To put things into perspective 249 words equates to about a fifth of the post you are reading right now. That would have ended this post somewhere after we name-dropped the greatest music producer of all time, Quincy Jones. Very necessary and fun, but it would not be all that informative without all the juicy bits of data on the way.
Certain topics require the setup and additional information to actually arrive at a point where there is something readers can take away from the experience. As a creator of content, you don’t want your audience to feel like all they are getting is a preview or a trailer. You want to leave them with a fully realised experience. A great example is our interview with Geraldine DeRuiter. The feels we caught reading about her otherworldly affection for the actor Jeff Goldblum and learning about the true definition of “Nextflix and Chill” were worth every single word my friends.
Some of the very long content we pulled up (2000+ words) may perform better if it was made to be more succinct. As an example, this post you are reading now is at the halfway point. We do have some more ground to cover but it won’t take double the words for us to arrive at a rational conclusion unless we decide to take this document to the pub for a final spirited edit. (Quincy who? Phil Spector mate!)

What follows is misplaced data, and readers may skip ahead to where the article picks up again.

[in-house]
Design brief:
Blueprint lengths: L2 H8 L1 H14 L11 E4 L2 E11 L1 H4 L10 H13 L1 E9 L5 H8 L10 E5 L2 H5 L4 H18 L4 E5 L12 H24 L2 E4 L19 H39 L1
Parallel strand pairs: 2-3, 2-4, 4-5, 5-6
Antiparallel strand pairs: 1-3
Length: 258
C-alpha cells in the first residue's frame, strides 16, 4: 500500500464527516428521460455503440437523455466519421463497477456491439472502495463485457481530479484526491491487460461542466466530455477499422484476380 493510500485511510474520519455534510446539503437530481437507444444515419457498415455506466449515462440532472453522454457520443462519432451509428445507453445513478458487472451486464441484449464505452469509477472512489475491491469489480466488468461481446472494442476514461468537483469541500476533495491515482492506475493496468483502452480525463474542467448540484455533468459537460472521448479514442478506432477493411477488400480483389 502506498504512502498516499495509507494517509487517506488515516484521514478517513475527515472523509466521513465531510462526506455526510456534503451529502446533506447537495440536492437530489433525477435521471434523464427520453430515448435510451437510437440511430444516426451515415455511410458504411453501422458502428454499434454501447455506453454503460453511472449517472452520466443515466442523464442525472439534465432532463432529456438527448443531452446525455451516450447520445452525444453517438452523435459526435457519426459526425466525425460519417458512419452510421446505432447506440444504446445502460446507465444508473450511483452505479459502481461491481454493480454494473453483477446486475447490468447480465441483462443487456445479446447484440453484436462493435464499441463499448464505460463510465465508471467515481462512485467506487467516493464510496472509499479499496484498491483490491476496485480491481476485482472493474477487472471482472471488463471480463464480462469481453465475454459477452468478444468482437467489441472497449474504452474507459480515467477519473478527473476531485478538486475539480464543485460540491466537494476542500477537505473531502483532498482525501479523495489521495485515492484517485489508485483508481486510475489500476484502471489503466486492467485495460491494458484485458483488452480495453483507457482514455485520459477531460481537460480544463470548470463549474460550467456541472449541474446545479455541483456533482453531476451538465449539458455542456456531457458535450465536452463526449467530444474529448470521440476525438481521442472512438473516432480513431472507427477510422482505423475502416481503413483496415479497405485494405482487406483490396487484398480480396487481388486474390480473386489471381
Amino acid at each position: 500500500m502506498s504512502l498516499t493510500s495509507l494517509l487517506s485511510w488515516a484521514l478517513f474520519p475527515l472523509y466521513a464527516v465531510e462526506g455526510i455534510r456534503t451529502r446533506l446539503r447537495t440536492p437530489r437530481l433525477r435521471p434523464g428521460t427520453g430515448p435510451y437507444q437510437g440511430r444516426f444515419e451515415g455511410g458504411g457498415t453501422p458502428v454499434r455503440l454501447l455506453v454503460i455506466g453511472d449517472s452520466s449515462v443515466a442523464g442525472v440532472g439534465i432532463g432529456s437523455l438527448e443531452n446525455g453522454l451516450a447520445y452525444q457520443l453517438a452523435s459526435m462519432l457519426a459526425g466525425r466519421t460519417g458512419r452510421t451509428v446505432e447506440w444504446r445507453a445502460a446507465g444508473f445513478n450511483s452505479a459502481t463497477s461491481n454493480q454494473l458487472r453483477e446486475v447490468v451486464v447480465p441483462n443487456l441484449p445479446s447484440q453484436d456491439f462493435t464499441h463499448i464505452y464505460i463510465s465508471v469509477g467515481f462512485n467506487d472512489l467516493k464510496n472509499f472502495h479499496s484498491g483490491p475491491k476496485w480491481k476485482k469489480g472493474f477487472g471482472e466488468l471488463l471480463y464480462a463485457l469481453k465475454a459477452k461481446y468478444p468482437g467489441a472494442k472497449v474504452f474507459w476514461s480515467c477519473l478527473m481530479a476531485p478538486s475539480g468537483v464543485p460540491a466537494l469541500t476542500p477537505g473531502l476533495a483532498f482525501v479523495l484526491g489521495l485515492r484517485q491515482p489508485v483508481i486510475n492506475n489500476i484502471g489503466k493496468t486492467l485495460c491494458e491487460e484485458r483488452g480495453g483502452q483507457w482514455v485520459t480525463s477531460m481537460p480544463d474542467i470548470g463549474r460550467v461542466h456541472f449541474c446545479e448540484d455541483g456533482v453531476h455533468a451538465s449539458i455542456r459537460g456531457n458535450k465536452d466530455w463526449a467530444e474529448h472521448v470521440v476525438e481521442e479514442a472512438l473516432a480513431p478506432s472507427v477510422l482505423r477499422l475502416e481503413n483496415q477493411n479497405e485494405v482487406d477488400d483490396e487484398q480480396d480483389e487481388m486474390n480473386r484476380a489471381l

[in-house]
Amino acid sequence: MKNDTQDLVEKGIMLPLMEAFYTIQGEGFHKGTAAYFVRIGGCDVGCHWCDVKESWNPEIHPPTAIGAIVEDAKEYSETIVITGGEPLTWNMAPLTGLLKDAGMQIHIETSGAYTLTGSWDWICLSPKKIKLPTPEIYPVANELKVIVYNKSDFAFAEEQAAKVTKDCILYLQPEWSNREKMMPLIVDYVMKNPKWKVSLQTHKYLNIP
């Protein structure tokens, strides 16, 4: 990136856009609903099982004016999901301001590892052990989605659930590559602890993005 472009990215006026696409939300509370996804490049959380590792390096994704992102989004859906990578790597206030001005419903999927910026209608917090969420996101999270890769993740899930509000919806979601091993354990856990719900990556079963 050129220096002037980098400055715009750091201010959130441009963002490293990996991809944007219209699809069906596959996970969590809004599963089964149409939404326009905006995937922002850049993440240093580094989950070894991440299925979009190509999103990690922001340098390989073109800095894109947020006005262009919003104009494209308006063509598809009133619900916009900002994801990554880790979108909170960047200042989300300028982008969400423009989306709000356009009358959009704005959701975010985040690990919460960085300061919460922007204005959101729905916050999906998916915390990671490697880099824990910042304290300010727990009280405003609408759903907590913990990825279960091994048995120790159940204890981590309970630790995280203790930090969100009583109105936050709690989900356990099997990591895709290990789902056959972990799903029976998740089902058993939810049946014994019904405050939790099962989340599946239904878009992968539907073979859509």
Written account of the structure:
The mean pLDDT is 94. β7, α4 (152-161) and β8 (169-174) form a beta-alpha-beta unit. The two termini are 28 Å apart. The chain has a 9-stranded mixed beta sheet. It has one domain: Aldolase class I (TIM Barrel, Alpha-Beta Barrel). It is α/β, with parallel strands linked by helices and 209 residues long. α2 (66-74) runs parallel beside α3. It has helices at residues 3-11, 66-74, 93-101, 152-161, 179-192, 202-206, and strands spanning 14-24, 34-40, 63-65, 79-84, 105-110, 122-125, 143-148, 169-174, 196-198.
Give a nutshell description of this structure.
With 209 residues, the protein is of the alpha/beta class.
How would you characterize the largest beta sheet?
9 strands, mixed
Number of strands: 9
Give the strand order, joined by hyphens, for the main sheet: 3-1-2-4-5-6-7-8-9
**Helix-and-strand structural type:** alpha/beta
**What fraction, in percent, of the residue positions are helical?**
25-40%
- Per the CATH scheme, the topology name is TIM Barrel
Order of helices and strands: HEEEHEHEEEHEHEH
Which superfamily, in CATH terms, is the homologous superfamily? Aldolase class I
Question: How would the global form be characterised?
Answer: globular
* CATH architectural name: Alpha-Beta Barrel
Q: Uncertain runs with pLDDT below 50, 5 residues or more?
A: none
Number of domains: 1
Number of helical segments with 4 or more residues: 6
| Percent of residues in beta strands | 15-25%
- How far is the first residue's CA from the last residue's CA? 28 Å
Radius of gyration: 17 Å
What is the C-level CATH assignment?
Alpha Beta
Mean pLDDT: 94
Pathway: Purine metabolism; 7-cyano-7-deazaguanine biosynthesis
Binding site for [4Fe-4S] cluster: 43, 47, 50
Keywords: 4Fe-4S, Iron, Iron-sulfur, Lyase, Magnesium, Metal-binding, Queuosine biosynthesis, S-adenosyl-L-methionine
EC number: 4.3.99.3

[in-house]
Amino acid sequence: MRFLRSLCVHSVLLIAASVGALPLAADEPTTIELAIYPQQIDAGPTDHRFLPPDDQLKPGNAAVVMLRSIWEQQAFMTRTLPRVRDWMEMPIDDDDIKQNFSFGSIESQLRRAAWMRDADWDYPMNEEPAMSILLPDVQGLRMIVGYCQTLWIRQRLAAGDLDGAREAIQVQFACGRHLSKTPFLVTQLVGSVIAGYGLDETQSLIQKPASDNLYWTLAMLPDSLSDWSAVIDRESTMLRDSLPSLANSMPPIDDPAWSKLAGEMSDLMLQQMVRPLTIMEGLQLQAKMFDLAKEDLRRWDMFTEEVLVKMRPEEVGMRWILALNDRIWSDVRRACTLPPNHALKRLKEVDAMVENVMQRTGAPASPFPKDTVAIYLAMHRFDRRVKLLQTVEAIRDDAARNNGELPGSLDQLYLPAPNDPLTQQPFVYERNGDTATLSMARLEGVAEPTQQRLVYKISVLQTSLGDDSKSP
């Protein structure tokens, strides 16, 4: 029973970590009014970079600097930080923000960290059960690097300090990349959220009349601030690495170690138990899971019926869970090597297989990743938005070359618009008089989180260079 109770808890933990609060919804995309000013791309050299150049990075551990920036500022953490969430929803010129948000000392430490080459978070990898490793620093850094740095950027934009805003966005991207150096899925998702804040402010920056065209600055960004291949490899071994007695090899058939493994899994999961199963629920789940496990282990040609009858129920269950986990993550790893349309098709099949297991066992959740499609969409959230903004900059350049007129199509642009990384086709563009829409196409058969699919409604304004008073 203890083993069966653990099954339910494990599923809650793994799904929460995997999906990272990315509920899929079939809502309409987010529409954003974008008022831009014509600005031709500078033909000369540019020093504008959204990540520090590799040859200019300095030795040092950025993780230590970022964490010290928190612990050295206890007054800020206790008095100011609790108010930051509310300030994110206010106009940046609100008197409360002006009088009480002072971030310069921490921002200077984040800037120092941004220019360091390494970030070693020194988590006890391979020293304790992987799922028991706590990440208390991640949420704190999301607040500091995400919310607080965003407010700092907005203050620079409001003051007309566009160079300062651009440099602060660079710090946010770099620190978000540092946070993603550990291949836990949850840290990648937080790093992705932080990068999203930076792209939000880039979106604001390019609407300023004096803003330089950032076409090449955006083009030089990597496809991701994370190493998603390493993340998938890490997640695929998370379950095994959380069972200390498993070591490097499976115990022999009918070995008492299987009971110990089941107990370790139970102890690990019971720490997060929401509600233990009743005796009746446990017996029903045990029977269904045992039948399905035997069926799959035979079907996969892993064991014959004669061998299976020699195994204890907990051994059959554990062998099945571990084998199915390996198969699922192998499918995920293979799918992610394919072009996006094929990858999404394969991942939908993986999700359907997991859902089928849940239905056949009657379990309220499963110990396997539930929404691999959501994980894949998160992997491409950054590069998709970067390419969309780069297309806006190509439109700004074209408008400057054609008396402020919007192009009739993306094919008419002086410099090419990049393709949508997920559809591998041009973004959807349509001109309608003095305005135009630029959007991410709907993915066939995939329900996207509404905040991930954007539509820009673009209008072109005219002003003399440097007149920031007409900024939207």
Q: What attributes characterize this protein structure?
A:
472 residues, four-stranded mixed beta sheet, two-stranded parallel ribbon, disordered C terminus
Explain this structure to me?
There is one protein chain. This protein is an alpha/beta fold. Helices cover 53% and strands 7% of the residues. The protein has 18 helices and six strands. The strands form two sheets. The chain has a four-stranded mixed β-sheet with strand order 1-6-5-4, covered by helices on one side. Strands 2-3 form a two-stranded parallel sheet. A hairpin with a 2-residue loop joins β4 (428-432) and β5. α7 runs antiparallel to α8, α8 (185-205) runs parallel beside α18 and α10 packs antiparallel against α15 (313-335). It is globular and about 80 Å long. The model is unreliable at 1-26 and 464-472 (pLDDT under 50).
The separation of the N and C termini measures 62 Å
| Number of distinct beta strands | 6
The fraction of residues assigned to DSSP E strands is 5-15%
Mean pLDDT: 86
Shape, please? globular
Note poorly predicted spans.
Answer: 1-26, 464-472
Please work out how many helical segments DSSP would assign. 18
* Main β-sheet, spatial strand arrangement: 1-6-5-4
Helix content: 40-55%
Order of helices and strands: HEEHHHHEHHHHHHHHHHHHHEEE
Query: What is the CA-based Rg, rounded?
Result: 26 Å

Knowing if there are any direct correlations between content length and content performance (we’ve looked at sessions and links to assess performance) can be extremely useful when developing future content. Again, it’s important to note here that length is just one of many factors affecting performance, so these findings only help us understand the lengths that are the most appropriate for your web content, and which should be avoided.
The graph below highlights correlations between length, sessions, and links for all content on the Kwasi website.
The following graph shows these correlations for blog content only.
This data suggests that, for blog posts, 1,500-1,999 words is a sweet spot for attracting both traffic and links. Given the drop off in links and mild improvement in sessions, it would appear that the additional efforts to write content longer than 2,000 words will not return commensurate results.
Keeping an eye on the length of your content is more than just a numbers game. Producing quality content requires understanding your audience and your intention. Curating a reading experience that considers the eyes on the other side of the screen and how to keep them engaged so that the ideas and information within the copy can be delivered.
We would recommend trying to keep most evergreen blog content to around 1,500-1,999 words and saving longer content for cornerstone evergreen content like major resources (e.g. guides and studies) or dedicated, strategic link building assets.
Our data also suggests that 500-999 words is wholly appropriate for core website content – anything less should certainly be avoided, and there is not much benefit to sessions or links to create content that is much longer.
So far this particular post tallies in at just over 1100 words. Which to be honest is a bit awkward considering what the entire post is about. Perhaps a 400-word explanation is in order to push us into the sweet spot territory. Or maybe a spicy, slightly self-deprecating conclusion that breaks down more third walls than a Deadpool teaser. You get the picture. Choose your word count wisely.